In a cluttered, two-car garage attached to her lakeside Michigan home, 39-year-old Sheila Taormina lowers a patch over her left eye, stuffs her left thumb into her front jeans pocket and stretches her right arm straight ahead. She holds a blue Morini air pistol in her hand, rock steady, and calmly pulls the trigger.
Taormina walks over to check her accuracy before reloading. Her target hangs on the wall, 10 meters away, just below her water skis and above the spare bags of kitty litter. Garden hoses and Costco boxes line the shelves behind her, bike frames hang from the ceiling, and to her right, a fencing dummy witnesses her training. Welcome to the unglamorous, mostly ignored and nearly-impossible-to-master world of Olympic modern pentathlon. Taormina qualified for the U.S. team on June 1. Impressive enough on its own, but when she fires her first shot in the pentathlon's first event, on Aug. 22, she will also become the first female athlete in the 112-year history of the modern Games to compete in three different Olympic sports.
Taormina's shot missed the bull's-eye. But, reassured that her water skis will live to ride another day, the 5'3'', 115-pound jack-of-all-sports again takes aim at the 6"x6" square on the wall. She pulls the trigger. This time the pellet rips through the center of the target. "Is that a 10 or a 9?" she asks.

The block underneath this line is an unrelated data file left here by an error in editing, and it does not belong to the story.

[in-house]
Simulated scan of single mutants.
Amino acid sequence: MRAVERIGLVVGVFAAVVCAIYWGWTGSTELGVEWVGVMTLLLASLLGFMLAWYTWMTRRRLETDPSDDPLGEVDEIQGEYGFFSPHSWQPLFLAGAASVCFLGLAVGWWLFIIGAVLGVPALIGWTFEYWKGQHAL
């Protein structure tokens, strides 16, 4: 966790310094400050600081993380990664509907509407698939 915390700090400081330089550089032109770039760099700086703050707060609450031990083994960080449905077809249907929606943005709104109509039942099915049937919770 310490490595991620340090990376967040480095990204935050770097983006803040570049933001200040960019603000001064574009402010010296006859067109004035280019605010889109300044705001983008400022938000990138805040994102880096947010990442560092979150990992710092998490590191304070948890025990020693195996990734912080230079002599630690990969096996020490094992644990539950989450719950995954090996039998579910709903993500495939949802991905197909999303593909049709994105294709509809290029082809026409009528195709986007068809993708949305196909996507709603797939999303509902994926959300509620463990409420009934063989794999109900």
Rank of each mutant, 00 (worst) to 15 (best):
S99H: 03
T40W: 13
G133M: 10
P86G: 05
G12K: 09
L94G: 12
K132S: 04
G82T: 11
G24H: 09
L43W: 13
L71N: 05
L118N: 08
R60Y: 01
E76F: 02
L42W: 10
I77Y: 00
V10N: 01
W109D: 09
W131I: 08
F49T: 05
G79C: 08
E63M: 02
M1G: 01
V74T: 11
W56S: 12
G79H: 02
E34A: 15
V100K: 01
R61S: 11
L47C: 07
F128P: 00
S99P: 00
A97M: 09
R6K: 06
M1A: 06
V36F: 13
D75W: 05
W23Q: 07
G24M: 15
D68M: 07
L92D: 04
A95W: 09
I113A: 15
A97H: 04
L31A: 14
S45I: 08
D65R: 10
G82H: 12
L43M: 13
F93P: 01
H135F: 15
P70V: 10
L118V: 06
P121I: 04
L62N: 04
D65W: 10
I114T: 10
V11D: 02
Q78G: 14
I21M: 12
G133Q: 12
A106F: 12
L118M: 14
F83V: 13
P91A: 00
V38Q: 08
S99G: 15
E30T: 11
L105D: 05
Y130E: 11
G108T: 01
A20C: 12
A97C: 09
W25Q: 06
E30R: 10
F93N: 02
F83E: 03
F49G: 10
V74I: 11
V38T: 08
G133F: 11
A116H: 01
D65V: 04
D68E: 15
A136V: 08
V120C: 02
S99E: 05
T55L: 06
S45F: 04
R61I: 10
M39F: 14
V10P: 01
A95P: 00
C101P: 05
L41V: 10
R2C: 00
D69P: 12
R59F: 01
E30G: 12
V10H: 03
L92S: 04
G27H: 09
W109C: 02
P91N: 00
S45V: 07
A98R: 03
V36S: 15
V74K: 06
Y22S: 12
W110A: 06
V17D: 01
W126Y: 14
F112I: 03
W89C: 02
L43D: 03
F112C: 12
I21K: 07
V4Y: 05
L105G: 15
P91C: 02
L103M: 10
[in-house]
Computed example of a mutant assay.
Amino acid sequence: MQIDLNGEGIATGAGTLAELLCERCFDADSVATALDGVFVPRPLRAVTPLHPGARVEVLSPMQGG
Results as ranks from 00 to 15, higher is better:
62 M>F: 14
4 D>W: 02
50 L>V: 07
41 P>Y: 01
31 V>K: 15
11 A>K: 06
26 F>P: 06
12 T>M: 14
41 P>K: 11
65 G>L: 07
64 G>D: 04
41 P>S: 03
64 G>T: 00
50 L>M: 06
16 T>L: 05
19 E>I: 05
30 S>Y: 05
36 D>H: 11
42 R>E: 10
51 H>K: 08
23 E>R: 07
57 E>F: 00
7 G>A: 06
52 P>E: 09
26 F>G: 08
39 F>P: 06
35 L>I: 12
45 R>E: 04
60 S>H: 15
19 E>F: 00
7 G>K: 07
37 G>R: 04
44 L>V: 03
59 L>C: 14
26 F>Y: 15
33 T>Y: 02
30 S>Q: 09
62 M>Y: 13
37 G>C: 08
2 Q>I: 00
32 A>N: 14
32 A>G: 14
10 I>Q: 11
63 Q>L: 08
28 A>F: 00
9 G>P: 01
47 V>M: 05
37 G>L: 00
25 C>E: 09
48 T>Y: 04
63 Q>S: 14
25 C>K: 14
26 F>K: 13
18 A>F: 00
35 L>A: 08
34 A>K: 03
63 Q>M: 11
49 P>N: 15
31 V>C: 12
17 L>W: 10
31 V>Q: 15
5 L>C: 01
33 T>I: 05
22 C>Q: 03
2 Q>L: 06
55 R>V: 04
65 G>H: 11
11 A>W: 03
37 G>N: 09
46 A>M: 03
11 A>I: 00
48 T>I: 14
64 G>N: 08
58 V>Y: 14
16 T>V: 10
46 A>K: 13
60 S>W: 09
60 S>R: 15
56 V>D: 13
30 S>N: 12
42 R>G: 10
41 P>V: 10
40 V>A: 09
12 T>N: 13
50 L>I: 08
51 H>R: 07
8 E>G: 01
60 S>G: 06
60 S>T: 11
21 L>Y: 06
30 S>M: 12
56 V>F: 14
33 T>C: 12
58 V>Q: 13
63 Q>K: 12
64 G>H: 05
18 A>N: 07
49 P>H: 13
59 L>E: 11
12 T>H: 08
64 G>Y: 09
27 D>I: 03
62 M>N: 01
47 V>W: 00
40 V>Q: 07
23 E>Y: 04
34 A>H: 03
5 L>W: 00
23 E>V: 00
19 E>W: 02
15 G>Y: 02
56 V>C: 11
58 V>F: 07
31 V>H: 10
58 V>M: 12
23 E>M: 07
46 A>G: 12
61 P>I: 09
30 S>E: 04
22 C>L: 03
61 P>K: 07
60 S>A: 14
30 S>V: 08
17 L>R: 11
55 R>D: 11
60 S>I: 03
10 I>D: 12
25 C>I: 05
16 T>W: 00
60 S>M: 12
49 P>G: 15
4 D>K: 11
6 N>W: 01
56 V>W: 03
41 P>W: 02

It's a 10, a perfect shot. It's what Taormina has pursued every day for 16 years: perfection. And for the past three of those years, she's gotten up at dawn to swim laps at the University of Michigan pool, followed by an hour of agility drills and medicine-ball exercises before 90 minutes of intervals at the track. Having a physical-therapy session, lunch and shooting practice before an evening fencing lesson means her daily regimen isn't over until 9 p.m. And even though she sometimes may want it all to end—so she can sleep in, meet a guy, maybe start a family—Taormina can't stop now.
Her odyssey began on an Indiana pool deck in 1992, minutes after she finished 16th in the 200-meter freestyle and missed making the Olympic swim team for the second time. Instead of giving up, Taormina recommitted to the sport, figuring that if her teammates from the University of Georgia could qualify, so could she. "I had thought only superheroes made the Olympics," Taormina says. "But right then I thought maybe I can make it." Since then, she has competed in the 1996, 2000 and 2004 Games. And come this August, in Beijing, Taormina may become, arguably, the greatest athlete in the world.